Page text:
What you do is you take a container or whatever you are using, a jar or cartridge, out of the refrigerator and you insert into it a thermocouple and hook it up to your data recorder or whatever you are using. Basically track how long it actually takes to come up to ambient temperature.

Unless it is a really small container, I really doubt that it is an hour and a half. Four hours, hey maybe it is. It depends on the temperature of your place.

I have seen other people go eight hours. And we see a lot of people doing it overnight.

This way you know. You will have data. Then you will know that for this size container, whatever you are using 500 grams 1,000 grams, 50 grams whatever, this is the amount we allot for that size container to come up to ambient for that material.

So that is a starter, you actually have a real number. Now the other interesting question was the use of the centrifuge.

Those things have been for sale for quite some time. They are rather interesting. I have seen them used in different parts of the world.

I think they are about four or five thousand dollars. I have seen people put it right out of the refrigerator, or as I guess E.R. has been giving it some time there.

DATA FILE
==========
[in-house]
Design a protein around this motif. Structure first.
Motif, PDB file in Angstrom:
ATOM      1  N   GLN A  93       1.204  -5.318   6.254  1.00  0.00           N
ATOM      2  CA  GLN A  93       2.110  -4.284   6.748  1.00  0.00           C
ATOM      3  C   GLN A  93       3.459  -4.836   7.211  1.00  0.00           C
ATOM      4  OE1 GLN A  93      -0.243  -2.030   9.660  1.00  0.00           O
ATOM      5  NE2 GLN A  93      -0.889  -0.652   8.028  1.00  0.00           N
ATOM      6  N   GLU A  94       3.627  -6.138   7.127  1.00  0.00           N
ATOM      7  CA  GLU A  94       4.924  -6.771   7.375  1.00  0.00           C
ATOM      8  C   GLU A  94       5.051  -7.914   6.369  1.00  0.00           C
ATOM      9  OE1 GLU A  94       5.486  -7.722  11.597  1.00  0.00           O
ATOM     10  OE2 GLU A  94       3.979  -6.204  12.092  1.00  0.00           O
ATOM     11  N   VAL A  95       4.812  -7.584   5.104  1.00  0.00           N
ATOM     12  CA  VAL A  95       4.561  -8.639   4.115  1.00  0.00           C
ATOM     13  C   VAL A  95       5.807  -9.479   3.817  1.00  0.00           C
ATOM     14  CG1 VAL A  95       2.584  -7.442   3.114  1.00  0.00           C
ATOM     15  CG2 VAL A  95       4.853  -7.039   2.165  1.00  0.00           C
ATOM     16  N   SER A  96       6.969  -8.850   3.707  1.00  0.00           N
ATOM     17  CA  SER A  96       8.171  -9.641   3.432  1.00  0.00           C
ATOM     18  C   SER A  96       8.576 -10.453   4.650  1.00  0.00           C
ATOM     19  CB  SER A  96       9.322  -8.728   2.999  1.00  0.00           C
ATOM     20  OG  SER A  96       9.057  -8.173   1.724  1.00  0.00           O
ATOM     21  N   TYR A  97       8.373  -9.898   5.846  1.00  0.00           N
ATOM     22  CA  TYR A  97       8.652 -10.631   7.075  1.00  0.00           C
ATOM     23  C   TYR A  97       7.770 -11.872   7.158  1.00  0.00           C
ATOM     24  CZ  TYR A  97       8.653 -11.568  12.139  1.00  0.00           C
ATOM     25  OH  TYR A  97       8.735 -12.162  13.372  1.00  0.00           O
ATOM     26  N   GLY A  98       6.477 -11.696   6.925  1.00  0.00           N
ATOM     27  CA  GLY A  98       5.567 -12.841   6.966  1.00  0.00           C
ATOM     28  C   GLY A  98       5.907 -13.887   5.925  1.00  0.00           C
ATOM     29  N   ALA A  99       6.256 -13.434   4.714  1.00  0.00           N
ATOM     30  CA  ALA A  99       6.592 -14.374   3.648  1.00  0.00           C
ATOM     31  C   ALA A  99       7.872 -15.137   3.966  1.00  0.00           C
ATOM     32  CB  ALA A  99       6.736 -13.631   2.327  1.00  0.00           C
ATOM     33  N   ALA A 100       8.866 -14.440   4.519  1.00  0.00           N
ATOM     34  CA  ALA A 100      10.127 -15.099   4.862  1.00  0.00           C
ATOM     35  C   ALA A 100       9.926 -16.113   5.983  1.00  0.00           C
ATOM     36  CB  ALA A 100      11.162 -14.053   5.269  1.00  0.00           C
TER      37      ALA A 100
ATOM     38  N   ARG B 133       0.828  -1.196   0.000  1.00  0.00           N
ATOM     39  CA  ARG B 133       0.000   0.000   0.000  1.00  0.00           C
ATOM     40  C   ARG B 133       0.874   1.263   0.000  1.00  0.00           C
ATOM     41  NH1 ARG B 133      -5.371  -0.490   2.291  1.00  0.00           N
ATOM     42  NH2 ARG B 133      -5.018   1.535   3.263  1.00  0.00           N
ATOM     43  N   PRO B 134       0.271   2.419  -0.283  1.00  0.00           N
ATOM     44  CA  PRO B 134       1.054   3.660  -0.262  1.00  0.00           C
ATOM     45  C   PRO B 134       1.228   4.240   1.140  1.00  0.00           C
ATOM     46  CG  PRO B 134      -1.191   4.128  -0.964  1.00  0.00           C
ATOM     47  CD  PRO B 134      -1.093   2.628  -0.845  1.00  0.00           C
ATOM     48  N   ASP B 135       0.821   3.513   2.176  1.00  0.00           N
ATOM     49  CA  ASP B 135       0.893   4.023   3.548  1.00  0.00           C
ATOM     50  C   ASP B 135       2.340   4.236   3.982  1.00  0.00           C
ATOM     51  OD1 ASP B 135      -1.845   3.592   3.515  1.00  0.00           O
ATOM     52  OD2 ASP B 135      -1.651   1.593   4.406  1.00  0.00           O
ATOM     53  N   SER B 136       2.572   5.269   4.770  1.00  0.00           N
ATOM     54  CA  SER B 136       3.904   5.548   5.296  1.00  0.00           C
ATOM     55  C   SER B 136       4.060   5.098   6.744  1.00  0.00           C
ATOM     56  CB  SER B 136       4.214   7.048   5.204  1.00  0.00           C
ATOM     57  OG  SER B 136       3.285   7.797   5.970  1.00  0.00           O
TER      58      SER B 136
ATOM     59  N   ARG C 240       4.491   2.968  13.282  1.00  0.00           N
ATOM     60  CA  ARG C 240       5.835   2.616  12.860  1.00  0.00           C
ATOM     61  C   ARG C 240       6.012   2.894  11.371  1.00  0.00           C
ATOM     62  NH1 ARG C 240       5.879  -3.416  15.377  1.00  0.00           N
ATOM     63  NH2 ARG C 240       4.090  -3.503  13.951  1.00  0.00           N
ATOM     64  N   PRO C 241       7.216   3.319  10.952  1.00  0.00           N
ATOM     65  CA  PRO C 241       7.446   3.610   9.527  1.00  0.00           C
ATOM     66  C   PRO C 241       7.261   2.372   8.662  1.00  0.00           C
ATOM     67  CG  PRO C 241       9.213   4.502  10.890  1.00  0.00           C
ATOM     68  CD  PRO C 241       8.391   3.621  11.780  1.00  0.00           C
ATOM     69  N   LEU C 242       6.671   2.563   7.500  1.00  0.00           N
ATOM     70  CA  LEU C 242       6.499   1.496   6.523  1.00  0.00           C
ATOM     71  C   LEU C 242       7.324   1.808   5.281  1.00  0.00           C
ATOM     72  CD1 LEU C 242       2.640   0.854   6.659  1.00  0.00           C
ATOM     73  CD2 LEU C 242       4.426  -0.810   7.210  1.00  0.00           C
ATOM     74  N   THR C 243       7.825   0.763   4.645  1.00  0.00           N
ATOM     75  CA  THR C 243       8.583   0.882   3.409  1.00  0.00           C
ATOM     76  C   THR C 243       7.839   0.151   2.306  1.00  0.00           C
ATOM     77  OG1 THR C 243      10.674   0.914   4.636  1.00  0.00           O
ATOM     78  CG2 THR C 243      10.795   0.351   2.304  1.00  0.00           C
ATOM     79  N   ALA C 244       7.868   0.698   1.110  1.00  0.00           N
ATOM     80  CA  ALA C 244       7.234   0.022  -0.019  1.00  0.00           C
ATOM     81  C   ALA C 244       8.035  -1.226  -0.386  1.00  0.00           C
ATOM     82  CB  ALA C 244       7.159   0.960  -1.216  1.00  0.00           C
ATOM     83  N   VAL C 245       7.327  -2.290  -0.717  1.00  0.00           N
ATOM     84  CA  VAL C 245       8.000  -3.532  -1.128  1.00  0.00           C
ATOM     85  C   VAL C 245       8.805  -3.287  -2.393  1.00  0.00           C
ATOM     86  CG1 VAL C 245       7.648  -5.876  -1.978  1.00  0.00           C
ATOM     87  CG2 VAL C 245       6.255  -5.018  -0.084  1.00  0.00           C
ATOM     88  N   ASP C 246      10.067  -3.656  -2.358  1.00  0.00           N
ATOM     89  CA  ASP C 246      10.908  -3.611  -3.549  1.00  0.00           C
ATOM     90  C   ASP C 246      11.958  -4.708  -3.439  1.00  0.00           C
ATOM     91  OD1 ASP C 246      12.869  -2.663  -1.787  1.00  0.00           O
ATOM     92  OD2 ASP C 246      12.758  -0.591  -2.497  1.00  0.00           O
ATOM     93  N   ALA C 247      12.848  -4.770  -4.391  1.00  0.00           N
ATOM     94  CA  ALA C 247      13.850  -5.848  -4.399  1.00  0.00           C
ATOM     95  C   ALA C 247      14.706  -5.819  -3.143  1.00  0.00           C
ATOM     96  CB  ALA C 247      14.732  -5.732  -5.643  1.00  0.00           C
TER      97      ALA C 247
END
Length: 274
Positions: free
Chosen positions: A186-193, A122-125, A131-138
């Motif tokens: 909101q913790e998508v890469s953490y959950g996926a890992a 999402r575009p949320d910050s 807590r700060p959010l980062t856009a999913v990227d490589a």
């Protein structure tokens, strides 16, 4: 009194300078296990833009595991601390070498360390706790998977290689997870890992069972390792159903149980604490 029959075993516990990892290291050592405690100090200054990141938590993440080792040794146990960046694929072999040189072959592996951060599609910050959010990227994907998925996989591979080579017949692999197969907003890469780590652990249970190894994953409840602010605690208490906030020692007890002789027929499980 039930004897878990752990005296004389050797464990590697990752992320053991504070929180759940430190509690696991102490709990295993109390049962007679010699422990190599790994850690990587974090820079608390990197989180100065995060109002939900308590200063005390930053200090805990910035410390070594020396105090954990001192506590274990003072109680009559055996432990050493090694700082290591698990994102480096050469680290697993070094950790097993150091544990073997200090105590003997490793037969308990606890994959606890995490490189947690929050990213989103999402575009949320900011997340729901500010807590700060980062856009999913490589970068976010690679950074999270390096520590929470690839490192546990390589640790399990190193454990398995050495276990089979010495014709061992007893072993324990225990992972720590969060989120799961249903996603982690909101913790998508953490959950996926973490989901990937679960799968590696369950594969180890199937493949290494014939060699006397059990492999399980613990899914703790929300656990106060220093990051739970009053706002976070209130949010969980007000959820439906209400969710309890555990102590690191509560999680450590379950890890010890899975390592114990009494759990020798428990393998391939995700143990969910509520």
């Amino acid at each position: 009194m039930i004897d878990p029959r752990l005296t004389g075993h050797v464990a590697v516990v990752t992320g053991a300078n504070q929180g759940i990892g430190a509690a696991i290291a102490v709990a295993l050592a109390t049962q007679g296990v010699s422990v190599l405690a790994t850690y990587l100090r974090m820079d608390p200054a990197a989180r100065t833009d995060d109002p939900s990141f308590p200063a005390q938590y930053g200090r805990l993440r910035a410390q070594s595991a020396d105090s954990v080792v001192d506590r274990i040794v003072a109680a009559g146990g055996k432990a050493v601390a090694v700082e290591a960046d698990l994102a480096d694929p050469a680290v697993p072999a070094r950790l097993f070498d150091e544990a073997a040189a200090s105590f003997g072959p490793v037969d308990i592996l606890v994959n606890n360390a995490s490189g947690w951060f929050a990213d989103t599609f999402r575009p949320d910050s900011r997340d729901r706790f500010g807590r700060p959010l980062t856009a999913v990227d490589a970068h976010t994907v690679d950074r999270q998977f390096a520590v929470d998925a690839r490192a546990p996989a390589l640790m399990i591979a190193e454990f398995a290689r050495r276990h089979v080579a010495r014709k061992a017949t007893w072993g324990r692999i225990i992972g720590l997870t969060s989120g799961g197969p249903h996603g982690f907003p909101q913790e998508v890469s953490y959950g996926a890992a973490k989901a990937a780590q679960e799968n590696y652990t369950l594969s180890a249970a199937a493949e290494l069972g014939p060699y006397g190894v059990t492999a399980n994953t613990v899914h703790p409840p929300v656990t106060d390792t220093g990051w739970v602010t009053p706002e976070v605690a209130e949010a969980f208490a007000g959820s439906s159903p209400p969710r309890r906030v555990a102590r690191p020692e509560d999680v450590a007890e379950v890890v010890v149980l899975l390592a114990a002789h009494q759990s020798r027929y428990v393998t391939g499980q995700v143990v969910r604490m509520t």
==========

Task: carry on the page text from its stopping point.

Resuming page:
Basically, as it spins the particles are rubbing against each other, and that is how you have your warming mechanism. Where I have seen them, they seem to be doing an adequate job.

But the way to know, to answer E.R., temperature, measure the temperature when it comes out. It is in ambient?

The obvious is obvious, so go forth.

I've never heard of the idea of using a centrifuge. And to me, it is scary. I think of centrifuging as a separation process, not as a mixing process.

And you have the real heavy solder particles and the much lighter flux goo in there. Aren't you going to run the risk of separating, when the particles go to the outside of the jar because they are being affected more by centrifugal force?

I don't know. I have never seen this, you obviously have the experience.

My experience is limited. I will be honest, it will make a great experiment. If someone wants to sponsor us doing an experiment on this. Yeah, people have done it. You don't see a lot of them in use.

Most people, rather than plucking out $5,000 or whatever these things cost, would rather just stage things on a FIFO basis, which is free. I would say basically FIFO works for the vast majority of the industry, big and small, OEMs and CEMs.

Basically once you know the time you need and you just do things on a FIFO and the ideal people record the time they take it out of the fridge and how much time there is before.

What time you are allowed to use it. Just good discipline. And that works out well.

Now Jim, mixing. What are your thoughts on that?

I am not a big fan of mixing. Most people I know buy their solder paste in cartridges and dispense directly from the cartridge onto the stencil, laying down the bead across the stencil.

And then maybe knead it with the motion of the squeegee. Good paste, modern paste should be designed not to settle.